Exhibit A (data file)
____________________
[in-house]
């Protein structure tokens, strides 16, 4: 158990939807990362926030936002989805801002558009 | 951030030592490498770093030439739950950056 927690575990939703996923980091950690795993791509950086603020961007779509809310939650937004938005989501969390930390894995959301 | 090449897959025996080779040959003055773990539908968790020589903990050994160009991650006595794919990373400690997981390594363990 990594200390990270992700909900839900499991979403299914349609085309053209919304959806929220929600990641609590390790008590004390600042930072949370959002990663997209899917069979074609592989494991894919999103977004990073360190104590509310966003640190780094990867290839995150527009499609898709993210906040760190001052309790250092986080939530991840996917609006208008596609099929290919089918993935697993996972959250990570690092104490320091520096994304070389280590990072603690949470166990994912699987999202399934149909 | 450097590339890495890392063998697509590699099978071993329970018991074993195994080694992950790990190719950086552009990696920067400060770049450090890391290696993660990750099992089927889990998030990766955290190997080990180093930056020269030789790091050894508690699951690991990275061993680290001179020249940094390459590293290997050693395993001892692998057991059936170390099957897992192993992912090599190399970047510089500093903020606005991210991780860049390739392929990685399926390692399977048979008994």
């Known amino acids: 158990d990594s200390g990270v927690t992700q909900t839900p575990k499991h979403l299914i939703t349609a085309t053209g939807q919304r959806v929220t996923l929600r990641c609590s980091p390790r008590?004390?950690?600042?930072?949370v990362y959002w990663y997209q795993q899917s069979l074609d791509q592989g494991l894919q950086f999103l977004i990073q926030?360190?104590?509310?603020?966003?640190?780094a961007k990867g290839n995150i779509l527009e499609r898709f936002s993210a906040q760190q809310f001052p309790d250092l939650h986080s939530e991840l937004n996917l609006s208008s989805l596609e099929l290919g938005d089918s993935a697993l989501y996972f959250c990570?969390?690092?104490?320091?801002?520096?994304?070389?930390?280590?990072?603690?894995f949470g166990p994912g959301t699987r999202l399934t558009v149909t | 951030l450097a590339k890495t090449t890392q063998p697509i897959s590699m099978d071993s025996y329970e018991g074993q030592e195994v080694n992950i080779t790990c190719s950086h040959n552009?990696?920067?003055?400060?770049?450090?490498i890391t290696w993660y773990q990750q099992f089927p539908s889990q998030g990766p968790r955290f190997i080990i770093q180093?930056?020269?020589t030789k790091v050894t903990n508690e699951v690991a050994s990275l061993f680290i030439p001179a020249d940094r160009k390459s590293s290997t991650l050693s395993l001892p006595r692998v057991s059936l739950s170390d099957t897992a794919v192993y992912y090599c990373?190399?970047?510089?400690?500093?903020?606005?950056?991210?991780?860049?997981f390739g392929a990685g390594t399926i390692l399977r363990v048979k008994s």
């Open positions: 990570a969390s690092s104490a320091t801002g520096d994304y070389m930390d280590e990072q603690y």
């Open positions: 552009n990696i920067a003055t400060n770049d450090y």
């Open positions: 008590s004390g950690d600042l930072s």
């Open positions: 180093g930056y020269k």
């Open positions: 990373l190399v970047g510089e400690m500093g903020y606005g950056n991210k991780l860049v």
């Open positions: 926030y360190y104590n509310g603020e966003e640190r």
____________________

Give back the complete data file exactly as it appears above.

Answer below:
[in-house]
């Protein structure tokens, strides 16, 4: 158990939807990362926030936002989805801002558009 | 951030030592490498770093030439739950950056 927690575990939703996923980091950690795993791509950086603020961007779509809310939650937004938005989501969390930390894995959301 | 090449897959025996080779040959003055773990539908968790020589903990050994160009991650006595794919990373400690997981390594363990 990594200390990270992700909900839900499991979403299914349609085309053209919304959806929220929600990641609590390790008590004390600042930072949370959002990663997209899917069979074609592989494991894919999103977004990073360190104590509310966003640190780094990867290839995150527009499609898709993210906040760190001052309790250092986080939530991840996917609006208008596609099929290919089918993935697993996972959250990570690092104490320091520096994304070389280590990072603690949470166990994912699987999202399934149909 | 450097590339890495890392063998697509590699099978071993329970018991074993195994080694992950790990190719950086552009990696920067400060770049450090890391290696993660990750099992089927889990998030990766955290190997080990180093930056020269030789790091050894508690699951690991990275061993680290001179020249940094390459590293290997050693395993001892692998057991059936170390099957897992192993992912090599190399970047510089500093903020606005991210991780860049390739392929990685399926390692399977048979008994």
């Known amino acids: 158990d990594s200390g990270v927690t992700q909900t839900p575990k499991h979403l299914i939703t349609a085309t053209g939807q919304r959806v929220t996923l929600r990641c609590s980091p390790r008590?004390?950690?600042?930072?949370v990362y959002w990663y997209q795993q899917s069979l074609d791509q592989g494991l894919q950086f999103l977004i990073q926030?360190?104590?509310?603020?966003?640190?780094a961007k990867g290839n995150i779509l527009e499609r898709f936002s993210a906040q760190q809310f001052p309790d250092l939650h986080s939530e991840l937004n996917l609006s208008s989805l596609e099929l290919g938005d089918s993935a697993l989501y996972f959250c990570?969390?690092?104490?320091?801002?520096?994304?070389?930390?280590?990072?603690?894995f949470g166990p994912g959301t699987r999202l399934t558009v149909t | 951030l450097a590339k890495t090449t890392q063998p697509i897959s590699m099978d071993s025996y329970e018991g074993q030592e195994v080694n992950i080779t790990c190719s950086h040959n552009?990696?920067?003055?400060?770049?450090?490498i890391t290696w993660y773990q990750q099992f089927p539908s889990q998030g990766p968790r955290f190997i080990i770093q180093?930056?020269?020589t030789k790091v050894t903990n508690e699951v690991a050994s990275l061993f680290i030439p001179a020249d940094r160009k390459s590293s290997t991650l050693s395993l001892p006595r692998v057991s059936l739950s170390d099957t897992a794919v192993y992912y090599c990373?190399?970047?510089?400690?500093?903020?606005?950056?991210?991780?860049?997981f390739g392929a990685g390594t399926i390692l399977r363990v048979k008994s």
């Open positions: 990570a969390s690092s104490a320091t801002g520096d994304y070389m930390d280590e990072q603690y």
């Open positions: 552009n990696i920067a003055t400060n770049d450090y």
């Open positions: 008590s004390g950690d600042l930072s």
């Open positions: 180093g930056y020269k």
């Open positions: 990373l190399v970047g510089e400690m500093g903020y606005g950056n991210k991780l860049v």
């Open positions: 926030y360190y104590n509310g603020e966003e640190r």